I don’t think many people in the west have any real understanding of what it is like to be driven out of your country, to have to flee for your life, leaving your possessions, friends, everything you know behind you, and never knowing if or when you will ever being able to go back.
As if that horrible experience isn’t enough, there are then the challenges of how to survive in a strange new country, where you are not really wanted.
When aged 14 years, I fled Burmese Army attacks, and ended up in a refugee camp in Thailand, at first I was grateful for a safe place to be. But it wasn’t safe for long, as the Thai Army allowed the soldiers from the dictatorship to cross the border and attack the refugee camps. Then the Thai government made us fence ourselves in with barbed wire, and banned us from leaving the camps. This was no real sanctuary. Eventually we felt safer from attack, but we were not free, we felt like prisoners, and very unwelcome.
However, if they had not let us across the border then many thousands of us would have been killed, many women raped. But I am also angry at how we are treated, and how the Thai government is threatening to send refugees back to Burma.
I am grateful for the help the United Nations gave to us in those camps. The UNHCR registered refugees, providing us with some protection. In addition, UN agencies in Burma have provided life saving aid to millions of people. But I am angry with the United Nations as well. While I appreciate the UN resettlement programme has given more than 60,000 refugees opportunities for their children to get educations and a better life than in the camps, I don’t believe it is a durable solution to the refugee crisis. A durable solution would be for the UN to work to stop the attacks against my people which forced them to flee for their lives. A durable solution would be for us to be able to go back home. Having Karen and other ethnic refugees sent thousands of miles from Burma is not a durable solution.
The United Nations largely ignores attacks against ethnic people in Burma. The conflict in my country has been described as the world’s longest running civil war. Why isn’t Ban Ki-moon working for a ceasefire? Why doesn’t he ever talk about Karen and other ethnic women being gang-raped by Burmese Army soldiers, or about the 3,600 villages in eastern Burma which have been destroyed by the Burmese Army in the past 16 years? If there is ever to be peace in my country the UN has said that the ethnic political parties with armed wings will have to be part of the dialogue process. But UN Envoys on Burma go back and forth to Burma without meeting the leaders of these parties. They exclude them from the dialogue process.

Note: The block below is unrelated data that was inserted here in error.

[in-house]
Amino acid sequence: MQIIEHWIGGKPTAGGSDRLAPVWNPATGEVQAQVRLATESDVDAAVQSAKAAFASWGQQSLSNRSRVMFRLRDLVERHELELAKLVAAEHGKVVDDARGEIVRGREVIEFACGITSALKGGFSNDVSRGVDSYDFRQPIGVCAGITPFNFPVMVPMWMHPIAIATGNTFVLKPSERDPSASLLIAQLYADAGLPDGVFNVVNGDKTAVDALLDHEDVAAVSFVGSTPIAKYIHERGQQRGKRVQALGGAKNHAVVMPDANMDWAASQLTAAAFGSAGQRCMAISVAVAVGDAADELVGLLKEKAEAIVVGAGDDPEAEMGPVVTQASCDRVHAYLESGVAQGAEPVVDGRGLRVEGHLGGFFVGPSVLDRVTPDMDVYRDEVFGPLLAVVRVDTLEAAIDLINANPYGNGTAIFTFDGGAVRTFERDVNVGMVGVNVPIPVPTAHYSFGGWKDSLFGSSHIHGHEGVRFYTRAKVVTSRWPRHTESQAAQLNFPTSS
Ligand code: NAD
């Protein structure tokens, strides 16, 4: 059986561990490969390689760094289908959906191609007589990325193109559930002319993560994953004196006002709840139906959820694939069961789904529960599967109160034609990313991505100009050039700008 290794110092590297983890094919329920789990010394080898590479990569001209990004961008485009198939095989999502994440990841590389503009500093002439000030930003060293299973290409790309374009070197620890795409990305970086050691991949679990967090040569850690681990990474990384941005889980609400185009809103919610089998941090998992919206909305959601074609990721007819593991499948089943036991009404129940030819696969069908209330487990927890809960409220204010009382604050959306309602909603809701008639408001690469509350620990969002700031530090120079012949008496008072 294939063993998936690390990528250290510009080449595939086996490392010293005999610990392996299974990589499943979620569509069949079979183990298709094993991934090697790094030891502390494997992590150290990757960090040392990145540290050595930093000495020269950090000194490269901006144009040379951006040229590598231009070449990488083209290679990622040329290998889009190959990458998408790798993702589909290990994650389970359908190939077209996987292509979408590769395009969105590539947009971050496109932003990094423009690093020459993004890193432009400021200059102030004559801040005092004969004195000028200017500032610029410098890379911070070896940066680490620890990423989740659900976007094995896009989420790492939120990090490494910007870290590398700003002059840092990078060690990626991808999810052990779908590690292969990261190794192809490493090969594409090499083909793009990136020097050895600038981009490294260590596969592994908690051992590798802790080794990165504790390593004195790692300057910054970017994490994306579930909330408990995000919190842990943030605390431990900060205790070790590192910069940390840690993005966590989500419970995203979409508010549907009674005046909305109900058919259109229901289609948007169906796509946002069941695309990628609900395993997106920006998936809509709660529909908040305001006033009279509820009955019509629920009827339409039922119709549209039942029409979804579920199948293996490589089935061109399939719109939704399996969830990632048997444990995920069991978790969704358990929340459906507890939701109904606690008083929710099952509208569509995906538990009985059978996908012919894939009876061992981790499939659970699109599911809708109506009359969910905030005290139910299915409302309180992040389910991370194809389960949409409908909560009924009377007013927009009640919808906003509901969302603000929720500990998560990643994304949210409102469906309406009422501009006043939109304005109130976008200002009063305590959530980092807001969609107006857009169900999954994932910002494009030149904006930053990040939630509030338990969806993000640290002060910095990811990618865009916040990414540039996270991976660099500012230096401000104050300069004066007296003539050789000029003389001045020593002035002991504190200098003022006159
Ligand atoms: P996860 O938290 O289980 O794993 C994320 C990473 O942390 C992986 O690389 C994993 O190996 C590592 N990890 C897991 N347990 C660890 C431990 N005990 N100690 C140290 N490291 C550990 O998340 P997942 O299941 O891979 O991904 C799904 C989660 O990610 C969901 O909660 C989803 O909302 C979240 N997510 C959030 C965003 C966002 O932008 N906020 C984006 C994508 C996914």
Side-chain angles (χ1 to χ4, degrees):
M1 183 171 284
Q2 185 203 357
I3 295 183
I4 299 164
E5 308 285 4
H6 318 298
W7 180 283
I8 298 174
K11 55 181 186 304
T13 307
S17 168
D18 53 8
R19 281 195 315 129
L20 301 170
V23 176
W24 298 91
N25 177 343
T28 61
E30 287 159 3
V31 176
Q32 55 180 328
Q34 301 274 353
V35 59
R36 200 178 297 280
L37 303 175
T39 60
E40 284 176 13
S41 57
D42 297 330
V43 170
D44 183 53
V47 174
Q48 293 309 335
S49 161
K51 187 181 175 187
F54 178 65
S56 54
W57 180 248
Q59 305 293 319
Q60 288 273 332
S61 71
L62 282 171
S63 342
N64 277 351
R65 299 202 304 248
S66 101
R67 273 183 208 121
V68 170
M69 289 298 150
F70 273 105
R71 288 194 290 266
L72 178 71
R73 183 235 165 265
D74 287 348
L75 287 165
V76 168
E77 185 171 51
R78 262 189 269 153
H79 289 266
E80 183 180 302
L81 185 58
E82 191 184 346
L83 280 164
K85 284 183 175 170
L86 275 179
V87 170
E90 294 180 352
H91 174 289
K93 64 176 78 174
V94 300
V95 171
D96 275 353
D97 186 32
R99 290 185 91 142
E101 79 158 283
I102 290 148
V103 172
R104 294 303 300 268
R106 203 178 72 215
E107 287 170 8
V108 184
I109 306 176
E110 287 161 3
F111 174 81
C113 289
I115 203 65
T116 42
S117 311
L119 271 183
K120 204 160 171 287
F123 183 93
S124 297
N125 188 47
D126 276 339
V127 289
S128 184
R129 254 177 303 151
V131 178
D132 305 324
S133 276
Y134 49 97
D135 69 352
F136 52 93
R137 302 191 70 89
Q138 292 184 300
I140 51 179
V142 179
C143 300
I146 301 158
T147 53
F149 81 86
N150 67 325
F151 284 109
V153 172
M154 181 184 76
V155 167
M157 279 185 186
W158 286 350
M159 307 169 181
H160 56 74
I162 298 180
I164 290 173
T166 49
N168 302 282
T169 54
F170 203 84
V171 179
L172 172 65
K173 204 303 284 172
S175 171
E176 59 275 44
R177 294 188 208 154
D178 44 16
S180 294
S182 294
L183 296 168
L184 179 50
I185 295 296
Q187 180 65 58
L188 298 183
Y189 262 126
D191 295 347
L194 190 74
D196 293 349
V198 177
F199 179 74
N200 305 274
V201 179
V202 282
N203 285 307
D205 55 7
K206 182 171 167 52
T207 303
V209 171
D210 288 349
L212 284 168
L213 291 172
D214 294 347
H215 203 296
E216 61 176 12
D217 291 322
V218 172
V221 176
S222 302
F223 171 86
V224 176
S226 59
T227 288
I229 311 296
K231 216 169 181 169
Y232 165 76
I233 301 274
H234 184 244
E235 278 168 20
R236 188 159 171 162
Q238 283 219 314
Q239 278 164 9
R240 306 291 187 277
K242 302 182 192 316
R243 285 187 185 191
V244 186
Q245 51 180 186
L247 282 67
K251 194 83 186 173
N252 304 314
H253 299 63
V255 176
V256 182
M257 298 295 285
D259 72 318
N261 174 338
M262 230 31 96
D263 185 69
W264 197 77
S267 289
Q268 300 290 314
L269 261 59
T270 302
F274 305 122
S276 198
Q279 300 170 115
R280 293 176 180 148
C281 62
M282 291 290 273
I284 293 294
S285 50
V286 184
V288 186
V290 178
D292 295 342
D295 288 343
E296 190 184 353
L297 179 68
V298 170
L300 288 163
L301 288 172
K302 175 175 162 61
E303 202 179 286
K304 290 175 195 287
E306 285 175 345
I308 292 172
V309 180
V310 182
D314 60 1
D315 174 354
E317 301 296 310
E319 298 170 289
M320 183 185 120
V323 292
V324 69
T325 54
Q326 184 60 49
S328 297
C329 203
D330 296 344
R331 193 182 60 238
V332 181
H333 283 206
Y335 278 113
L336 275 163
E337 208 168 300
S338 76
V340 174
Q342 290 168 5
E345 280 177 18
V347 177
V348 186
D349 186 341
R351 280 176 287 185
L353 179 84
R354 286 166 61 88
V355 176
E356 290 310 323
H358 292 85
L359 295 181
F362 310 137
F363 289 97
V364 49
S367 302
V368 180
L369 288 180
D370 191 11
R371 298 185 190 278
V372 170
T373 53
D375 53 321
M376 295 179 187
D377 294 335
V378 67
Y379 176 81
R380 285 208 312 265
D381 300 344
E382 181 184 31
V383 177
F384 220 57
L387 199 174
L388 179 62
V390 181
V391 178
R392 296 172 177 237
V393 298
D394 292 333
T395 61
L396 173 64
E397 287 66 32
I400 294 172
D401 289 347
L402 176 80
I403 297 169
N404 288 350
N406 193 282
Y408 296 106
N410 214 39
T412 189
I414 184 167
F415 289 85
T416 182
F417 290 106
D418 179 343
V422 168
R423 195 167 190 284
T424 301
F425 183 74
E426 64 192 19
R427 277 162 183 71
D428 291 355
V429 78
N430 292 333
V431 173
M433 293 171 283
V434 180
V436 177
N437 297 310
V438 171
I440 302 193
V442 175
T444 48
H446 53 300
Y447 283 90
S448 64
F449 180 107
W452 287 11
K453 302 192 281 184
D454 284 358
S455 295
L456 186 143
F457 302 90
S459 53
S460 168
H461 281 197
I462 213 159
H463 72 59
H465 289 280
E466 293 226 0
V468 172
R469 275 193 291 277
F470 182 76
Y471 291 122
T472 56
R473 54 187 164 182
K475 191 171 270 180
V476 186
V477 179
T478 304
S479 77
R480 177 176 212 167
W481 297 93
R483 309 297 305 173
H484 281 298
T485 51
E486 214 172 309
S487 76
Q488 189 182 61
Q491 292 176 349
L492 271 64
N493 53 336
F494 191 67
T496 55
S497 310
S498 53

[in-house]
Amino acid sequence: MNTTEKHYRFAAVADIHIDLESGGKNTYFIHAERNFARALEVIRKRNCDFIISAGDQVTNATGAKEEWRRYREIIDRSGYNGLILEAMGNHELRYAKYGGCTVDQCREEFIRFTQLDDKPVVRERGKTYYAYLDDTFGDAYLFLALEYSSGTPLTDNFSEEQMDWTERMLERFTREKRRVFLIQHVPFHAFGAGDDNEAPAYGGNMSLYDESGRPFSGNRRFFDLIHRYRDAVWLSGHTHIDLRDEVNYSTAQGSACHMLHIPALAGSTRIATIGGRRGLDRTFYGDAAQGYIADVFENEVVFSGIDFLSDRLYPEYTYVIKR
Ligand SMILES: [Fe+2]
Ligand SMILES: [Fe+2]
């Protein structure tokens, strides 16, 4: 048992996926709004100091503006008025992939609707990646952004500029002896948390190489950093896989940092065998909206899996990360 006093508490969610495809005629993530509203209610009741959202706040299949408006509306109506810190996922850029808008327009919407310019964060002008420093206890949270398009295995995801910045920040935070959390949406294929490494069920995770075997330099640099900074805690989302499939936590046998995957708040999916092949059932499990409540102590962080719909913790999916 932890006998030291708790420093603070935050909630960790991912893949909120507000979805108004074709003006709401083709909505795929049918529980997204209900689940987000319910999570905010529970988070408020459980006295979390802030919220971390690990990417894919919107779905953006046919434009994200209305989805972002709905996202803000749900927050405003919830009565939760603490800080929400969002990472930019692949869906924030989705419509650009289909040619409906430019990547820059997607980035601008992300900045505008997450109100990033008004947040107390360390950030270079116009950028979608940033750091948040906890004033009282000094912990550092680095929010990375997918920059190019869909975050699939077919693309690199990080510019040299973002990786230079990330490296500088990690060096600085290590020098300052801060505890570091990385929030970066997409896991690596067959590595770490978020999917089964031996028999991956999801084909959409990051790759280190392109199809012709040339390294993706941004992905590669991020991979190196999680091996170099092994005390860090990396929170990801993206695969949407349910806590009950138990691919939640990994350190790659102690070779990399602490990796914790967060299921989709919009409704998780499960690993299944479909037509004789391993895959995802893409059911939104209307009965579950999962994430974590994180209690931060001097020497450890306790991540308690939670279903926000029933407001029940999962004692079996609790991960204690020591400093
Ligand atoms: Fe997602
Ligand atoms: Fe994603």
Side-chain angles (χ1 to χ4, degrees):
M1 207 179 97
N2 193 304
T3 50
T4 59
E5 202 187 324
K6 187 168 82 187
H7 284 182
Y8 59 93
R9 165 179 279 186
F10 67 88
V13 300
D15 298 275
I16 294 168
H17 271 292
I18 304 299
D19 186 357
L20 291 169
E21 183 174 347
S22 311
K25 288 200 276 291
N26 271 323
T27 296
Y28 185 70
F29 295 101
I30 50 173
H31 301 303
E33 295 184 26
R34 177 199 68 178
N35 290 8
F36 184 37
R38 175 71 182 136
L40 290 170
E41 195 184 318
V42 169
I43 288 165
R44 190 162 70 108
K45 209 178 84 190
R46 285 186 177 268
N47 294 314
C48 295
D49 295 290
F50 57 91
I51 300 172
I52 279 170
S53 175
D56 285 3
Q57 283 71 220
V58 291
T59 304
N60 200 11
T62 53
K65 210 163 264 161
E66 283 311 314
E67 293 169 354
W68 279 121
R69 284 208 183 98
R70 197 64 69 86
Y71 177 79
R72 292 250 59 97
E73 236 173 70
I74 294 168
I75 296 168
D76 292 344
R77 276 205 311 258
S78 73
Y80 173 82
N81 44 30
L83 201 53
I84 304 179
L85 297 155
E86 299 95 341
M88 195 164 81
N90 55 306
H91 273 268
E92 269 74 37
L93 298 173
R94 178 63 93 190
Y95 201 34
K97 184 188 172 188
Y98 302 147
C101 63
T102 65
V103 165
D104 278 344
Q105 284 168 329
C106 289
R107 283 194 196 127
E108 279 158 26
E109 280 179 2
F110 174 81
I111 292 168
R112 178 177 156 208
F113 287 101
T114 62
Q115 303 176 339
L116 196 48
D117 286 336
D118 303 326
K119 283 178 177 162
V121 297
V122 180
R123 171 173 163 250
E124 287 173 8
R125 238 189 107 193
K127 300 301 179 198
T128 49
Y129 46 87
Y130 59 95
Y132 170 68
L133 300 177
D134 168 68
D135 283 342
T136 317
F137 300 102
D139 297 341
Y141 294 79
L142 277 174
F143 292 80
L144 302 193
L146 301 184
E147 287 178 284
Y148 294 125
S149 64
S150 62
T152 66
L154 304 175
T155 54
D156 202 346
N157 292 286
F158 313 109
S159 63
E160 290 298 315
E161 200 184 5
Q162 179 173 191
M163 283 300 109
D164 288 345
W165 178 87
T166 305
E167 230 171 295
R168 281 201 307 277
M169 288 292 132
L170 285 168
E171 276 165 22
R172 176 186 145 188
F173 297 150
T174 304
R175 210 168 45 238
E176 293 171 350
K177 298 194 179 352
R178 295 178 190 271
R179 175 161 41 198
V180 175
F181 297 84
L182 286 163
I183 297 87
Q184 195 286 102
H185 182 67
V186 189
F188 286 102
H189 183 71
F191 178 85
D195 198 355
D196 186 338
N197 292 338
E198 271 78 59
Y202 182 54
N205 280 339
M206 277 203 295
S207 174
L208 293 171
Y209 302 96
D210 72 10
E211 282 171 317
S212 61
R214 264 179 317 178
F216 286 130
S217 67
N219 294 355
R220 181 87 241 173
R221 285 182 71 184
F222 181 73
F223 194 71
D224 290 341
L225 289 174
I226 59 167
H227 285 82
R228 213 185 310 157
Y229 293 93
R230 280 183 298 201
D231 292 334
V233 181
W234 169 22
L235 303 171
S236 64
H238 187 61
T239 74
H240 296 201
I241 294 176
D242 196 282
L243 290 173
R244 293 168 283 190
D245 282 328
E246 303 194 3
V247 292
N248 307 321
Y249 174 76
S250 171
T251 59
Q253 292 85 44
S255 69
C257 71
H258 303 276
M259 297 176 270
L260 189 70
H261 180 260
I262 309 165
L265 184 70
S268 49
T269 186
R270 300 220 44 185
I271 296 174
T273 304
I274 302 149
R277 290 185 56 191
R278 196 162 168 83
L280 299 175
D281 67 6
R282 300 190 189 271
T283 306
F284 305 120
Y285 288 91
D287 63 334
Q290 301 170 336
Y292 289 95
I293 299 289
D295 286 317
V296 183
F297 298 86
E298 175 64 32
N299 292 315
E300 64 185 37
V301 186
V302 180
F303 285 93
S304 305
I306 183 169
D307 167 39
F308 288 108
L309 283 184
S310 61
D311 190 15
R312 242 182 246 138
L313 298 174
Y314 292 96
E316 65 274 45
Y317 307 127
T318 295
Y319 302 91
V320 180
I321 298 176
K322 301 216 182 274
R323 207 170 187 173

I am grateful to the European Union for its official support for democracy in Burma, and for being one of the biggest donors to the refugee camps in Thailand. But at the same time the European Union has a shameful record on Burma. Internal divisions within the EU have meant that the EU has failed to turn words into action. Most sanctions are weak, and don’t even target the gas sector, the biggest single source of revenue for the dictatorship. The EU has failed to endorse the recommendation of the UN Special Rapporteur on Burma, that there be a UN Inquiry into war crimes and crimes against humanity in Burma. This is seen by the dictatorship as EU acceptance that they can continue to get away with burning our villages, raping our women, and using us as slave labour.
The EU is also cutting funding for refugees in Thailand, despite the fact that there are just as many refugees after the resettlement programme as there were before. This is because the attacks by the Burmese Army have continued. In the past decade the EU has only made one official statement about Burmese Army attacks against civilians in Karen State.
The EU also refuses to fund cross-border aid. Cross-border aid is where local people cross from Burma into neighbouring countries to collect aid and bring it back to their community. It is essential because the dictatorship blocks aid to large parts of Burma where ethnic people live. By refusing to fund cross-border aid, in effect the EU is allowing the dictatorship to decide that some people can’t get EU aid because they are ethnic Karen, Karenni, Shan or other ethnic group.
When I meet UN officials, EU officials, and other officials, they usually seem to expect me to thank them for what they are doing. And I do. I am genuinely grateful. But at the same time, their failure to act where they could is costing the lives of my people, and I am so, so, angry about that.
Zoya Phan is Campaigns Manager at Burma Campaign UK, and co-founder and Director of the Phan Foundation. Her autobiography is published as ‘Undaunted’ in the USA, and ‘Little Daughter’ in the rest of the world.